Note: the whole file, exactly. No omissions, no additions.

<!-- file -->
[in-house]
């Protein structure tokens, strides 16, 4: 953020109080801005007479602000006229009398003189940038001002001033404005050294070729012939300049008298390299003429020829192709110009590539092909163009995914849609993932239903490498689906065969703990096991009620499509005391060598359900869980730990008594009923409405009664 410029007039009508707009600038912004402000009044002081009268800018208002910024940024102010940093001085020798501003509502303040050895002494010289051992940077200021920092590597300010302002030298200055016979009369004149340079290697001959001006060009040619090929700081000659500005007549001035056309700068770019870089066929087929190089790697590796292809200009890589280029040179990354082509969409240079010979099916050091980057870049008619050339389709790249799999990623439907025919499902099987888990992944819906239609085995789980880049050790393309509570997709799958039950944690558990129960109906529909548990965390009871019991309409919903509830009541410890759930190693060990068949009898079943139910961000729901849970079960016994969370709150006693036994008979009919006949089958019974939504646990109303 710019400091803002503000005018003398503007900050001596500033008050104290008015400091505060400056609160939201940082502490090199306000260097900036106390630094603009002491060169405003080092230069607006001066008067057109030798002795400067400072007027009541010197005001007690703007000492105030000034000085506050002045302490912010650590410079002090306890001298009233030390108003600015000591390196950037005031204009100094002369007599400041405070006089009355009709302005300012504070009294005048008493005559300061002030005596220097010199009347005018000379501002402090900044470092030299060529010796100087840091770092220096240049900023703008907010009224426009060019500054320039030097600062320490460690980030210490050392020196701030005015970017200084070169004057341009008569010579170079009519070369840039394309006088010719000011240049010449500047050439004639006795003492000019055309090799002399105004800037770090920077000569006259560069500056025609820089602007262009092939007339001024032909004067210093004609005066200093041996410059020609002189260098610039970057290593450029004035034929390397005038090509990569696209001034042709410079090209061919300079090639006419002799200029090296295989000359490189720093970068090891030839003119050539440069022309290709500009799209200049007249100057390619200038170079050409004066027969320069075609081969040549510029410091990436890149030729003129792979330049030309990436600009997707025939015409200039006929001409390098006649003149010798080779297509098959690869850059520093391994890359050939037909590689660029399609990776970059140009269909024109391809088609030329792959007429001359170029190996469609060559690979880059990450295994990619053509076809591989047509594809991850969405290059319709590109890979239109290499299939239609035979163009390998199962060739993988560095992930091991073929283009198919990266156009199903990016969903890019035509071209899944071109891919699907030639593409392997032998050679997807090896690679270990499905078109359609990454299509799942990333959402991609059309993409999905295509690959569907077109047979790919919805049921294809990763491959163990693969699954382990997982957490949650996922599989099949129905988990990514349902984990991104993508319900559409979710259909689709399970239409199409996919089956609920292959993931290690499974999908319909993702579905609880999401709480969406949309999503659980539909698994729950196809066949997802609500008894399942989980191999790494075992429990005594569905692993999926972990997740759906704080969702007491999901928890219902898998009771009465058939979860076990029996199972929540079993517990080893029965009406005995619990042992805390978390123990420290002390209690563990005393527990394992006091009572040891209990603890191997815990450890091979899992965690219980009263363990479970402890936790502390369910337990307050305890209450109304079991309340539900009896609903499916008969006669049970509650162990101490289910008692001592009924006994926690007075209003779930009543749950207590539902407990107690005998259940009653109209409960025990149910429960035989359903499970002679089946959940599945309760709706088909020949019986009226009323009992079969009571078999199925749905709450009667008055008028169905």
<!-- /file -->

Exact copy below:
[in-house]
């Protein structure tokens, strides 16, 4: 953020109080801005007479602000006229009398003189940038001002001033404005050294070729012939300049008298390299003429020829192709110009590539092909163009995914849609993932239903490498689906065969703990096991009620499509005391060598359900869980730990008594009923409405009664 410029007039009508707009600038912004402000009044002081009268800018208002910024940024102010940093001085020798501003509502303040050895002494010289051992940077200021920092590597300010302002030298200055016979009369004149340079290697001959001006060009040619090929700081000659500005007549001035056309700068770019870089066929087929190089790697590796292809200009890589280029040179990354082509969409240079010979099916050091980057870049008619050339389709790249799999990623439907025919499902099987888990992944819906239609085995789980880049050790393309509570997709799958039950944690558990129960109906529909548990965390009871019991309409919903509830009541410890759930190693060990068949009898079943139910961000729901849970079960016994969370709150006693036994008979009919006949089958019974939504646990109303 710019400091803002503000005018003398503007900050001596500033008050104290008015400091505060400056609160939201940082502490090199306000260097900036106390630094603009002491060169405003080092230069607006001066008067057109030798002795400067400072007027009541010197005001007690703007000492105030000034000085506050002045302490912010650590410079002090306890001298009233030390108003600015000591390196950037005031204009100094002369007599400041405070006089009355009709302005300012504070009294005048008493005559300061002030005596220097010199009347005018000379501002402090900044470092030299060529010796100087840091770092220096240049900023703008907010009224426009060019500054320039030097600062320490460690980030210490050392020196701030005015970017200084070169004057341009008569010579170079009519070369840039394309006088010719000011240049010449500047050439004639006795003492000019055309090799002399105004800037770090920077000569006259560069500056025609820089602007262009092939007339001024032909004067210093004609005066200093041996410059020609002189260098610039970057290593450029004035034929390397005038090509990569696209001034042709410079090209061919300079090639006419002799200029090296295989000359490189720093970068090891030839003119050539440069022309290709500009799209200049007249100057390619200038170079050409004066027969320069075609081969040549510029410091990436890149030729003129792979330049030309990436600009997707025939015409200039006929001409390098006649003149010798080779297509098959690869850059520093391994890359050939037909590689660029399609990776970059140009269909024109391809088609030329792959007429001359170029190996469609060559690979880059990450295994990619053509076809591989047509594809991850969405290059319709590109890979239109290499299939239609035979163009390998199962060739993988560095992930091991073929283009198919990266156009199903990016969903890019035509071209899944071109891919699907030639593409392997032998050679997807090896690679270990499905078109359609990454299509799942990333959402991609059309993409999905295509690959569907077109047979790919919805049921294809990763491959163990693969699954382990997982957490949650996922599989099949129905988990990514349902984990991104993508319900559409979710259909689709399970239409199409996919089956609920292959993931290690499974999908319909993702579905609880999401709480969406949309999503659980539909698994729950196809066949997802609500008894399942989980191999790494075992429990005594569905692993999926972990997740759906704080969702007491999901928890219902898998009771009465058939979860076990029996199972929540079993517990080893029965009406005995619990042992805390978390123990420290002390209690563990005393527990394992006091009572040891209990603890191997815990450890091979899992965690219980009263363990479970402890936790502390369910337990307050305890209450109304079991309340539900009896609903499916008969006669049970509650162990101490289910008692001592009924006994926690007075209003779930009543749950207590539902407990107690005998259940009653109209409960025990149910429960035989359903499970002679089946959940599945309760709706088909020949019986009226009323009992079969009571078999199925749905709450009667008055008028169905």